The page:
When Sparks learned his brother-in-law was involved in some way with the shooting, he immediately called Elizabeth and raced to her home. The pair drove to St. Anthony’s Medical Center together.
News of Blake’s death left them stunned.
“We’re in the car, and Justin gets another call, and we’re about five minutes from the hospital, and I could just see it on Justin’s face,” Elizabeth said.
“When I got to the hospital, it was on the faces of all my fellow brothers,” Sparks said. “I could see it then. I knew what they were doing. So I just tried to run through them to get into the ER. I just thought I could save him.”
“I just don’t think it’s totally set in,” added Elizabeth. “That this happened to my Blake.”
As Snyder’s family mourned his death, they were joined by many in the St. Louis region. In the hours after the shooting, a memorial of flowers marked the spot where it happened. The precinct where he worked was flooded with gifts, and blue lights and blue ribbons donned the front of many homes nearby.
His funeral services drew thousands of people, including police officers from around the country. Strangers lined the overpasses and roadways along the nearly 50-miles funeral route to his burial place in Godfrey.
The officer’s family saw it all.
“I had no idea that there were so many people that supported police officers, and supported Blake,” Elizabeth said. “It was amazing, amazing to see the love that can come out of something so horrible.”
“Certain things stick out to me so clearly,” Sparks remembered.
“Completely random strangers crying on the side of the road. People dropping to their knees when we would pass, praying on an interstate. People that would put their hands in a heart and say — I love you,” he continued. “Every single one of them — we saw you. We appreciated it. It touched our heart.”
“All I can think is that [Malachi] will always know what his father did, and that’s in thanks to the community,” Elizabeth said. “Because they are a huge part of remembering Blake. It’s overwhelming, the support from everyone. I can’t thank everyone enough.”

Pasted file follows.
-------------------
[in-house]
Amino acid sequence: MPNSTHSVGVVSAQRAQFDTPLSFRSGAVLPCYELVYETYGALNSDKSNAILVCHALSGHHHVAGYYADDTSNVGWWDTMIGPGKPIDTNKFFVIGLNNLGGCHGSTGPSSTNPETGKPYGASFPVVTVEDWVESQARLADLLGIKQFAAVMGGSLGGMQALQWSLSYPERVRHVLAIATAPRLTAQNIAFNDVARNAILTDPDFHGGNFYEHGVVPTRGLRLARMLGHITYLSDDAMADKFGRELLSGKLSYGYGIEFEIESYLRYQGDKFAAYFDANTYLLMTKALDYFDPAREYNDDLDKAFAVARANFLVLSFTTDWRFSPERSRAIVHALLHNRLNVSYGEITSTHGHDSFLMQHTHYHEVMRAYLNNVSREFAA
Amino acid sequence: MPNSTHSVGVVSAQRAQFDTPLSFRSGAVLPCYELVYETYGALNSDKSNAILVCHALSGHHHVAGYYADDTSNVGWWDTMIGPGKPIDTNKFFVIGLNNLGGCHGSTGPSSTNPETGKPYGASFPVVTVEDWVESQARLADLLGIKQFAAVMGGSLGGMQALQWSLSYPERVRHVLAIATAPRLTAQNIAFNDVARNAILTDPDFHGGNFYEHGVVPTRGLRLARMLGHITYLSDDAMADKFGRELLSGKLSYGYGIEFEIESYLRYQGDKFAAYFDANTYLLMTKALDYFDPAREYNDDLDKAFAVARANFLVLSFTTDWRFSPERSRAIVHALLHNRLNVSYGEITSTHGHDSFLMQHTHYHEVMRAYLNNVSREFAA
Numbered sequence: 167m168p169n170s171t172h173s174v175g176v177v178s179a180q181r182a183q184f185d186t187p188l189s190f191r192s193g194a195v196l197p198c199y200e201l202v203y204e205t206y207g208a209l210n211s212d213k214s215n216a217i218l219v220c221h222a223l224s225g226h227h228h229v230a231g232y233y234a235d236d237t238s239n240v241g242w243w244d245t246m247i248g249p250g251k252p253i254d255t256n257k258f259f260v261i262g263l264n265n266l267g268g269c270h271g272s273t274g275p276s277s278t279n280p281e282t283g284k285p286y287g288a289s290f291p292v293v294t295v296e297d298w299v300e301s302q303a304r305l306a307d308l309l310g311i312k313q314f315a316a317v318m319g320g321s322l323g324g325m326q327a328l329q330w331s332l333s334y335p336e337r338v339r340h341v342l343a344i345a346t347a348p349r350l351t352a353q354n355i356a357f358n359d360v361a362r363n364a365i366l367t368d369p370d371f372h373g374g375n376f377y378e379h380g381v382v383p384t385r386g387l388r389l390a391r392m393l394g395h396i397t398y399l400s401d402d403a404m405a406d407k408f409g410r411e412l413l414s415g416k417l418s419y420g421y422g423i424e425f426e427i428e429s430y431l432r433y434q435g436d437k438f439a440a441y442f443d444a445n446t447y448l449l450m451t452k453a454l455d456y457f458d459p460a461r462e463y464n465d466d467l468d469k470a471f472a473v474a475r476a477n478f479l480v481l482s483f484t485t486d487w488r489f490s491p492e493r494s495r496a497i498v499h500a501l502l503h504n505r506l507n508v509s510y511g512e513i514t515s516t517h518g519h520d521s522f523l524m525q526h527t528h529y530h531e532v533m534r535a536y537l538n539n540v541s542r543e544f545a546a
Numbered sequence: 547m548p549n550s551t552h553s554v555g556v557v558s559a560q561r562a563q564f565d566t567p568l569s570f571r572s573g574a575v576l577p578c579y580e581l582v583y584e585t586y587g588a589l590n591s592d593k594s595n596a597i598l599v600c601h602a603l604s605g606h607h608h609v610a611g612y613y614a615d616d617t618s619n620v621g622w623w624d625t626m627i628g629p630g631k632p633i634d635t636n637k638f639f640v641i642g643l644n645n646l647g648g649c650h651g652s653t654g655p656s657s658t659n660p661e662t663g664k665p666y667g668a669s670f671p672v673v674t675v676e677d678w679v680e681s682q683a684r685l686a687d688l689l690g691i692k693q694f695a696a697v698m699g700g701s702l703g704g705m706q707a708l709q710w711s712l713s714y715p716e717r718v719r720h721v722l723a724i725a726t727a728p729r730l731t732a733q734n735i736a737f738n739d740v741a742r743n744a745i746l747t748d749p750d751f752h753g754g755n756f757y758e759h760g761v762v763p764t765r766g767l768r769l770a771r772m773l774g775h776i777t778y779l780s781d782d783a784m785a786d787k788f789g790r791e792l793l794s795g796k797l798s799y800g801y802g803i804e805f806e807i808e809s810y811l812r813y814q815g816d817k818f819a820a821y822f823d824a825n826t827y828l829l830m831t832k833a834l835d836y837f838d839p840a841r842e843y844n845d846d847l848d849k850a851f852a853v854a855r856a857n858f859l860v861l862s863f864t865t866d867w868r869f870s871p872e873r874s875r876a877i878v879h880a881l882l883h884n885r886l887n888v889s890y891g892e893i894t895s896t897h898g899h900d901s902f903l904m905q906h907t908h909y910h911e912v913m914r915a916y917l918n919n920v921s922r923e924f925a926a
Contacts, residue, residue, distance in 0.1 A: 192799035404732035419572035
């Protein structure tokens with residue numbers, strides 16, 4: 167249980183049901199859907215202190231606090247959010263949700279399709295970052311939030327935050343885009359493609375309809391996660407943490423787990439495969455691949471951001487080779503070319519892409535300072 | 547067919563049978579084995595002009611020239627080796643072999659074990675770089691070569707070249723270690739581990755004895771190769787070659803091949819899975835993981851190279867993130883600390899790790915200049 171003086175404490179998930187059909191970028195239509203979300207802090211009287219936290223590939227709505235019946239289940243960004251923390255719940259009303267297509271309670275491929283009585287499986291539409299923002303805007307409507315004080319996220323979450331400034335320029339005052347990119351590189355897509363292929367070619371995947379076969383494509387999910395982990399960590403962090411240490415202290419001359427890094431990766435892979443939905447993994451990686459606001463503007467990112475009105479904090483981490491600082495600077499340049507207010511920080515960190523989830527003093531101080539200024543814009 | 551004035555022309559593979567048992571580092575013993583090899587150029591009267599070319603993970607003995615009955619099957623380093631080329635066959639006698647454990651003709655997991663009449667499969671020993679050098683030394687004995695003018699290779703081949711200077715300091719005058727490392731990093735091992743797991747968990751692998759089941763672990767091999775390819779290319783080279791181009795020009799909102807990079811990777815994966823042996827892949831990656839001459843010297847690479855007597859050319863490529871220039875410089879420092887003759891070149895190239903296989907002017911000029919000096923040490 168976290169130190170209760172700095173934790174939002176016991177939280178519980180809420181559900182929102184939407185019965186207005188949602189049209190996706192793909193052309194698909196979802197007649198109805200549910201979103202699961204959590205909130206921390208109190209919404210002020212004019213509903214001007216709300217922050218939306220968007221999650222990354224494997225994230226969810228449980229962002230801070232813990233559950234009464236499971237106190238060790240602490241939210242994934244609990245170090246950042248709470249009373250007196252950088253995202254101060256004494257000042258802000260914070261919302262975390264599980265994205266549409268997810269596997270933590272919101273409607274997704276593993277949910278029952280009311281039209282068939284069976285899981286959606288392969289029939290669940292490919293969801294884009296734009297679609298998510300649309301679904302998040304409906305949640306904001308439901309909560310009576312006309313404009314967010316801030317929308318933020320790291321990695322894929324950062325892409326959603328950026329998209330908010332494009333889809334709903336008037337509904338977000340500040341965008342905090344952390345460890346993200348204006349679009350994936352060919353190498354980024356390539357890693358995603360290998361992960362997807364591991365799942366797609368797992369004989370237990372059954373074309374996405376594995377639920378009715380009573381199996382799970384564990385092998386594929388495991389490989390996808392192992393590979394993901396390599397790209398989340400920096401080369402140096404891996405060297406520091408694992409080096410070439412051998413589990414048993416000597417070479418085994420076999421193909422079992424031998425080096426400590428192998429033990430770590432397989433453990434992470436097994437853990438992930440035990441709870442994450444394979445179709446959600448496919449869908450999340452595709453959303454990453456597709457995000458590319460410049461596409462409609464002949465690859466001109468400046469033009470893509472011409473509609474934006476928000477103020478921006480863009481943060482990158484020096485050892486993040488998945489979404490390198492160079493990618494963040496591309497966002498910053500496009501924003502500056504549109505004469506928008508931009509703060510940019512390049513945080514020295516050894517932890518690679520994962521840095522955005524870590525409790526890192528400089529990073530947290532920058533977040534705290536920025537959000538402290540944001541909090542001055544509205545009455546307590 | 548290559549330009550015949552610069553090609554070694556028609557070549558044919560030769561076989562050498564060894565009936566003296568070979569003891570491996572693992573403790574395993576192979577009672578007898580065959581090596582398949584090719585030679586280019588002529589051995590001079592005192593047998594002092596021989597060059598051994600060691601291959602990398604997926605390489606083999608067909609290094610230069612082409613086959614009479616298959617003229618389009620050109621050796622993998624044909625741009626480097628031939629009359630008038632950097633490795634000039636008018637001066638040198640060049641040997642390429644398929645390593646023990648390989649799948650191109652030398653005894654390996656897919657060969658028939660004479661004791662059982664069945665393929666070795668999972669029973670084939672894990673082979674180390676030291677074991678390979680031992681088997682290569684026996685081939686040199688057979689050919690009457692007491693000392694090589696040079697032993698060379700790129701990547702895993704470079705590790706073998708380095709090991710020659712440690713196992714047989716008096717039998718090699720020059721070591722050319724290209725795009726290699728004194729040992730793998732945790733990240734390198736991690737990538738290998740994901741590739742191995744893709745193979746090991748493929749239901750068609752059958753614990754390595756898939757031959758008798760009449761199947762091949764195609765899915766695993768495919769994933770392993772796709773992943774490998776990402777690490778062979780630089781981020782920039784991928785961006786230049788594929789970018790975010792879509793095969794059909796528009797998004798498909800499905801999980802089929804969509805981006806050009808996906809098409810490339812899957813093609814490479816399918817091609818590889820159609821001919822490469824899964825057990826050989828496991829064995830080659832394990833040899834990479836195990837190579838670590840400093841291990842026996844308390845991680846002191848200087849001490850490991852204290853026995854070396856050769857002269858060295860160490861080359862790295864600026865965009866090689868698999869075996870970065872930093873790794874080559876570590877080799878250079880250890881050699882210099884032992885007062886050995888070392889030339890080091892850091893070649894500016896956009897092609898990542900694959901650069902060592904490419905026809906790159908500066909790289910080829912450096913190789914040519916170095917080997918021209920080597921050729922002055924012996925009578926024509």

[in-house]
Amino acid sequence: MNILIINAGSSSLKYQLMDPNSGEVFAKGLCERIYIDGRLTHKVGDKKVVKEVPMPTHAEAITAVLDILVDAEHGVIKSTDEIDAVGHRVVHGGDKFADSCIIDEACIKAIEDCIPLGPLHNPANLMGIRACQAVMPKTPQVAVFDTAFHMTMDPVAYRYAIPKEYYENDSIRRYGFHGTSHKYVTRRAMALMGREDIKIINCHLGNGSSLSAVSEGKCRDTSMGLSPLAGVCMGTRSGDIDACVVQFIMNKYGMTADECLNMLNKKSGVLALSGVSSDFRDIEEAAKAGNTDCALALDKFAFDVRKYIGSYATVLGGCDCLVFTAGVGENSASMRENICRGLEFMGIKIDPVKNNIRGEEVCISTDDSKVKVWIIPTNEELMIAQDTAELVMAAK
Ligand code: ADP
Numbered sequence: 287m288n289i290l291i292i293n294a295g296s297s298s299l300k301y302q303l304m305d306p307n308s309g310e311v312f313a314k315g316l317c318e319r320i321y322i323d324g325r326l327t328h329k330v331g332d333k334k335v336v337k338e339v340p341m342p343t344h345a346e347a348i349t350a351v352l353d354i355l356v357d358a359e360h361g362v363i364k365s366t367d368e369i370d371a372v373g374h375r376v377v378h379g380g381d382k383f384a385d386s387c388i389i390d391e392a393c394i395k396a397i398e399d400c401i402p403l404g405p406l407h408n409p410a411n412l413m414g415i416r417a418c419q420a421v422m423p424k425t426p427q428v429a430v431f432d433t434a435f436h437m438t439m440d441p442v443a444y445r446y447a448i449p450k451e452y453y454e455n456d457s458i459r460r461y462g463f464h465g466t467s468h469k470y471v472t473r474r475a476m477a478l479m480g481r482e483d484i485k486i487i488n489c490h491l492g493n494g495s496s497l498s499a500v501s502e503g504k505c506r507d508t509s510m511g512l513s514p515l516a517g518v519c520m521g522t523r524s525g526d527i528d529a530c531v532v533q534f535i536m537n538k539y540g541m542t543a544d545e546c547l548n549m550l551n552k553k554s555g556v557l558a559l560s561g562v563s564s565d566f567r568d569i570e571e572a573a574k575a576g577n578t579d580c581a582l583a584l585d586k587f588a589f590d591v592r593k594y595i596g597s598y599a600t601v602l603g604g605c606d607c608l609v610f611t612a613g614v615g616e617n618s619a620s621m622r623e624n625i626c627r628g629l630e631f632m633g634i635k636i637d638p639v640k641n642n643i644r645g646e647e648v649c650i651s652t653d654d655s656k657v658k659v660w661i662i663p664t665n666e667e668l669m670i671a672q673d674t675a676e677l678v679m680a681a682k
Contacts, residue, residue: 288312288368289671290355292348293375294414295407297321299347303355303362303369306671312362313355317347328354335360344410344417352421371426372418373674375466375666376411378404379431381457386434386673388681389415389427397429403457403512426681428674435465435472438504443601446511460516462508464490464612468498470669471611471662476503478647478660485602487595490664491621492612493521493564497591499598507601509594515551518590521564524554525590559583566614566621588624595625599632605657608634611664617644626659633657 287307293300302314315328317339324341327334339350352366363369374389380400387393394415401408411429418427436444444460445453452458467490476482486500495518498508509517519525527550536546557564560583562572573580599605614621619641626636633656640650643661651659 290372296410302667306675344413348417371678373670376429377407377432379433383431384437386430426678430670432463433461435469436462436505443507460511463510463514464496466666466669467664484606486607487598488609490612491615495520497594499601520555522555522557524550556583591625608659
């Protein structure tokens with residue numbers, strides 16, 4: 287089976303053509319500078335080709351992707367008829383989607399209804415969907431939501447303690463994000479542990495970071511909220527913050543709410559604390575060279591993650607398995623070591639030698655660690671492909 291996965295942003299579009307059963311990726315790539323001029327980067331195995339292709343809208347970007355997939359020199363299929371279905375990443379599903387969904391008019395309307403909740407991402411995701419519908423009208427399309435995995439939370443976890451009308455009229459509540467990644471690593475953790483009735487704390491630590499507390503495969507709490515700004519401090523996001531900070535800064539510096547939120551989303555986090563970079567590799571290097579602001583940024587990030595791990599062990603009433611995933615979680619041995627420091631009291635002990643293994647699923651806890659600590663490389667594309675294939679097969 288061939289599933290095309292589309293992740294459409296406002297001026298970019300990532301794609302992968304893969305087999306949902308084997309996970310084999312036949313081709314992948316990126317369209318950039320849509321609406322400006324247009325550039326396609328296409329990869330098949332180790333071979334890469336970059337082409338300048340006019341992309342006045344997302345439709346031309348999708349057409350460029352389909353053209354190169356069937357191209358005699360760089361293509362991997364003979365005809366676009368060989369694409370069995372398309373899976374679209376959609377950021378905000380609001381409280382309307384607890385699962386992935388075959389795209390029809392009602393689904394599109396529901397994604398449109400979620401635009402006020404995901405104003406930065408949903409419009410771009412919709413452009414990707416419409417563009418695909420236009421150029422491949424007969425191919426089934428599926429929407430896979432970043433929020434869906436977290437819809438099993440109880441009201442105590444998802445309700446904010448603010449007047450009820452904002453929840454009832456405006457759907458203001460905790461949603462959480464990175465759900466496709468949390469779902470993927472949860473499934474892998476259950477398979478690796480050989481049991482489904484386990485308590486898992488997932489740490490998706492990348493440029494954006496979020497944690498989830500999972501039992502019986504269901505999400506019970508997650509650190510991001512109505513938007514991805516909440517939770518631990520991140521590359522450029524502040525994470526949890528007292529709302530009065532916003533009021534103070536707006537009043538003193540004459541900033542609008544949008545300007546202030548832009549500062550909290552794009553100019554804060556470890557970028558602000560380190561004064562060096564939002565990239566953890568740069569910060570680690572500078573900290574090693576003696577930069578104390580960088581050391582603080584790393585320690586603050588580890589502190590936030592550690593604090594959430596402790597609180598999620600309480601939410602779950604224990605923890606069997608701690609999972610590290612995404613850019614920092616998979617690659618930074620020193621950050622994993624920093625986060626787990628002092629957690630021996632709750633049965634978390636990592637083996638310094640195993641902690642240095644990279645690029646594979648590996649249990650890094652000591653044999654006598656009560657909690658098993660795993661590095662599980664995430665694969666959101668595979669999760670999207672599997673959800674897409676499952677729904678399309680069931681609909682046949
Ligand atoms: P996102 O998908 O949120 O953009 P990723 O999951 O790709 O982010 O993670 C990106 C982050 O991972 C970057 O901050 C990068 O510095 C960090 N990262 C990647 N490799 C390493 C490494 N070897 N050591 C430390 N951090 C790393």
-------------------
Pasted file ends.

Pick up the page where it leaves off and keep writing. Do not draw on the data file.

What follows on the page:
Justin Sparks will return to work as a police officer, despite all that’s happened.
“I’m honored to. I’m going to make Blake proud and I’m going to honor him every single day,” he said. “That’s what I was called to do, and until that calling changes, I will put the badge on. I will go out and serve my fellow man – just like my brother did.”
Loved ones say Blake would be touched by the outpouring of support. They believe he left a legacy of healing.
“When you saw something so beautiful could come out of something so heinous, there’s hope there. There’s hope for us yet,” Sparks said.
“This shows that there are people out there that love law enforcement and see what they do,” Elizabeth added. “We just pray that continues, and that more people come to the realization that [police] are here for them. They are risking their lives for them.”
Elizabeth now wears her husband’s wedding bands on a delicate necklace chain. One band is made of metal — the ring they exchanged on their wedding day. The other band is made of a soft, flexible material.
It’s black in color, with a thin blue line across the middle. Officer Snyder wore that ring on duty.
“I will always have them on,” she said.